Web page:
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NIOSH spotlights resources aimed at combating opioid use in construction

Photo: DNY59/iStockphoto

Washington — As part of its efforts to “reduce the impact of the opioid overdose epidemic among construction workers,” NIOSH is sharing recommendations and resources.

The agency cites several recent studies that highlight the influence of opioids in construction. Findings from one study published in the Centers for Disease Control and Prevention’s Morbidity and Mortality Weekly Report show that construction workers have the highest rate of overdose-related deaths among all occupations.

An analysis from Washington University in St. Louis finds that construction workers prescribed opioids for musculoskeletal pain are more likely to use opioids long term and develop opioid misuse disorder. Additionally, factors such as age, race, class, gender, use of a temporary workforce and business size, among other organizational considerations, can increase some workers’ vulnerability to occupational illness or injury, which can trigger opioid use, NIOSH says.

Among the agency’s recommendations for employers:

  • Identify work factors that pose a risk of injury and take action to eliminate or minimize them.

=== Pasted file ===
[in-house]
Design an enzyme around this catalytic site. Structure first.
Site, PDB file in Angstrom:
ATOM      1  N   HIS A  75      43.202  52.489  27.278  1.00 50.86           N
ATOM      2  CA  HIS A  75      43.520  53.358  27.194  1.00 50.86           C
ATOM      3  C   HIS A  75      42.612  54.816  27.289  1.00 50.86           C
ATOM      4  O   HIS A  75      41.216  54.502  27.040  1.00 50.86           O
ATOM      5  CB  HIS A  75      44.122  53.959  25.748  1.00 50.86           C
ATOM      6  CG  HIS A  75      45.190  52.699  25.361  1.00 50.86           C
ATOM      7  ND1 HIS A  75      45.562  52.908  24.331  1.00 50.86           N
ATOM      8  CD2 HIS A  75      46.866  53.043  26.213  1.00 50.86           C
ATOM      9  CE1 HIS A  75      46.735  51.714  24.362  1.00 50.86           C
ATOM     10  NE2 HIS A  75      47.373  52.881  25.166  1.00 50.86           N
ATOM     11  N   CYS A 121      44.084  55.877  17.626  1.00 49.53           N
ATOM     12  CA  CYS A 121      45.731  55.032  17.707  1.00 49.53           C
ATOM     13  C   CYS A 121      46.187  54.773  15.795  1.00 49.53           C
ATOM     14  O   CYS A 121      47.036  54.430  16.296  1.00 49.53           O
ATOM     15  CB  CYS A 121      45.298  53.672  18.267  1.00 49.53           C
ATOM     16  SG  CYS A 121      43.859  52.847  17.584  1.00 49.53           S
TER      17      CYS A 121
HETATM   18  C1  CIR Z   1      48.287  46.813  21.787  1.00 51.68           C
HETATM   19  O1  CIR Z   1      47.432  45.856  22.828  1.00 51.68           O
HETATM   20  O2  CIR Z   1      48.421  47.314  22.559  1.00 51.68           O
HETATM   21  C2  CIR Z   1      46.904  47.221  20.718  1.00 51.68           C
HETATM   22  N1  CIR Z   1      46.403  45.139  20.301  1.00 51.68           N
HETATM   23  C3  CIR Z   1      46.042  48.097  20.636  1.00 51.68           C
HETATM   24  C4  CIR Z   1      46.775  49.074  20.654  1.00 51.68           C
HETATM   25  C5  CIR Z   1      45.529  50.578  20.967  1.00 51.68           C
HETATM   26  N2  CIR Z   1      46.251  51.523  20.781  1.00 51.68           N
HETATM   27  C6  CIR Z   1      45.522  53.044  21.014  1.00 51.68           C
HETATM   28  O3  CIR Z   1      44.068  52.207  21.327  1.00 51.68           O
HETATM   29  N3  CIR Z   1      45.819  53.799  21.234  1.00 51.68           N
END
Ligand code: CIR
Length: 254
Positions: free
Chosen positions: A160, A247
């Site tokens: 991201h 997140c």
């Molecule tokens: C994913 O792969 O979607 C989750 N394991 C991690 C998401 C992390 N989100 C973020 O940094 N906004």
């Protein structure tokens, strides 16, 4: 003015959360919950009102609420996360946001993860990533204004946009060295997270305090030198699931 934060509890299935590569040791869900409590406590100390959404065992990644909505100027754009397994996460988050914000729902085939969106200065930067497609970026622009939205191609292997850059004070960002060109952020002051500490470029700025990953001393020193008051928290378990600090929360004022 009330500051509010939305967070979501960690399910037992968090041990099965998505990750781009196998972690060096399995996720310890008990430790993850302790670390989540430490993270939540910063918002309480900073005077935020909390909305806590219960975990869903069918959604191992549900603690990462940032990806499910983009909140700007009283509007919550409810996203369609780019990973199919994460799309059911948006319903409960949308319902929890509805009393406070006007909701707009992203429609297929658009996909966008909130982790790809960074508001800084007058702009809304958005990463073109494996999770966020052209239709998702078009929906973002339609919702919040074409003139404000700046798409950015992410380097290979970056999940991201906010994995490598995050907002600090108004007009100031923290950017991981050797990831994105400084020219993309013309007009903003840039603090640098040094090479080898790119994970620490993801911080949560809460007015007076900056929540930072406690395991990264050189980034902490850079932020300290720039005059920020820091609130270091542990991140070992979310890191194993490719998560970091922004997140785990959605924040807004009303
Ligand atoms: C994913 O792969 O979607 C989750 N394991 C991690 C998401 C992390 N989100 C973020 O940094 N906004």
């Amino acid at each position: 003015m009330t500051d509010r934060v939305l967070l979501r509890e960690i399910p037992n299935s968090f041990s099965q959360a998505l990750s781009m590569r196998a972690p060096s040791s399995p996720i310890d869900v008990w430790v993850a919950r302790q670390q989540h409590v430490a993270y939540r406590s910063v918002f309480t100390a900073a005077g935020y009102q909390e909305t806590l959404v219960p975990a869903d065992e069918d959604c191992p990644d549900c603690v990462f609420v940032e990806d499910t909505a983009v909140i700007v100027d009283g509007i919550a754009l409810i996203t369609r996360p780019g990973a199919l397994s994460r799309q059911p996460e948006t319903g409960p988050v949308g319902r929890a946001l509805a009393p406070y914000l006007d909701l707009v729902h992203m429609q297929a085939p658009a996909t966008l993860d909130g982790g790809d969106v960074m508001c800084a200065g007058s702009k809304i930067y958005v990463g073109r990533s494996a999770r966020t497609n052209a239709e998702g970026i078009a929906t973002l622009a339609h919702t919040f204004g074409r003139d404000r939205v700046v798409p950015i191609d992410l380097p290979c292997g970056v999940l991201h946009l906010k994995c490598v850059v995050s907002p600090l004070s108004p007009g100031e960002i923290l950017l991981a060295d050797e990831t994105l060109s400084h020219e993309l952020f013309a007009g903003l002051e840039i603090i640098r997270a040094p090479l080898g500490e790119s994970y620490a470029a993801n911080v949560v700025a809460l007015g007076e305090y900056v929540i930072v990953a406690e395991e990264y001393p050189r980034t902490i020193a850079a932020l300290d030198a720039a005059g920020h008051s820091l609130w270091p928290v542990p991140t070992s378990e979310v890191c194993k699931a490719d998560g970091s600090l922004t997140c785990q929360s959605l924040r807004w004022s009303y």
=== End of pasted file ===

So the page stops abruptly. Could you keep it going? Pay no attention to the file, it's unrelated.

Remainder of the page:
• Make sure workers have access to health benefits that cover comprehensive injury care, physical therapy, and mental health and substance use treatment.
  • Provide paid time off when a worker is injured on the job.
  • Share information with workers on how to avoid opioid misuse and consult with medical providers about alternative pain treatment.
  • Provide an environment in which workers feel safe discussing mental health and substance use without fear of stigma or repercussions.
  • Offer support and educational materials to workers in a language they understand using culturally appropriate information.
  • Establish employee assistance and peer support programs (for large organizations).
  • Speak to trusted community organizations and leaders to help workers get proper assistance and support (for small organizations).

NIOSH provides links to videos, toolbox talks and other resources, including Substance Abuse and Mental Health Services Administration guidance related to finding treatment.

“Continued efforts to prevent injuries and expand opportunity for and education concerning alternative pain management, as components of an overall prevention plan, will be critical,” NIOSH says.

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